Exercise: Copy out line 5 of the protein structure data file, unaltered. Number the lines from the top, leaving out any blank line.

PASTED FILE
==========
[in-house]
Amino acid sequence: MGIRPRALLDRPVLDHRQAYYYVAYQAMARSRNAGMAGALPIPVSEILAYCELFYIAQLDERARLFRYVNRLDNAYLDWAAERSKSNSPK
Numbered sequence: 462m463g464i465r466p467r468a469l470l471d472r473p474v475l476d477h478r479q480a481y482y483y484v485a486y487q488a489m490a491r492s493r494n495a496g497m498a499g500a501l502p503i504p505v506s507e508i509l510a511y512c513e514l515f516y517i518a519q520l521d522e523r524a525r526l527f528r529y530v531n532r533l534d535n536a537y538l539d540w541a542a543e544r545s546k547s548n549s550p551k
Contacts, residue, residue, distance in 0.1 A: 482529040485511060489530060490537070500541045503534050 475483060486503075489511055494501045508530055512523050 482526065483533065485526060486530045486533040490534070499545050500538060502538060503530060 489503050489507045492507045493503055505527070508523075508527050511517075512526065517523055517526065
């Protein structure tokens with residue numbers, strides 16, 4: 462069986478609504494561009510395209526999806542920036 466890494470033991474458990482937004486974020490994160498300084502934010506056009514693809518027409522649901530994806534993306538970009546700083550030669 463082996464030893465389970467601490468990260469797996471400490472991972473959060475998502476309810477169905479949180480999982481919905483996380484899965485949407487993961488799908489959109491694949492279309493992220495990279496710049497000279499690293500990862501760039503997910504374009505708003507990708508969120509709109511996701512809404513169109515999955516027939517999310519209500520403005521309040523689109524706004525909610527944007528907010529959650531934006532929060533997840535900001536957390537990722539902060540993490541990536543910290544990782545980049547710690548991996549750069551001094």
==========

């Protein structure tokens with residue numbers, strides 16, 4: 462069986478609504494561009510395209526999806542920036 466890494470033991474458990482937004486974020490994160498300084502934010506056009514693809518027409522649901530994806534993306538970009546700083550030669 463082996464030893465389970467601490468990260469797996471400490472991972473959060475998502476309810477169905479949180480999982481919905483996380484899965485949407487993961488799908489959109491694949492279309493992220495990279496710049497000279499690293500990862501760039503997910504374009505708003507990708508969120509709109511996701512809404513169109515999955516027939517999310519209500520403005521309040523689109524706004525909610527944007528907010529959650531934006532929060533997840535900001536957390537990722539902060540993490541990536543910290544990782545980049547710690548991996549750069551001094």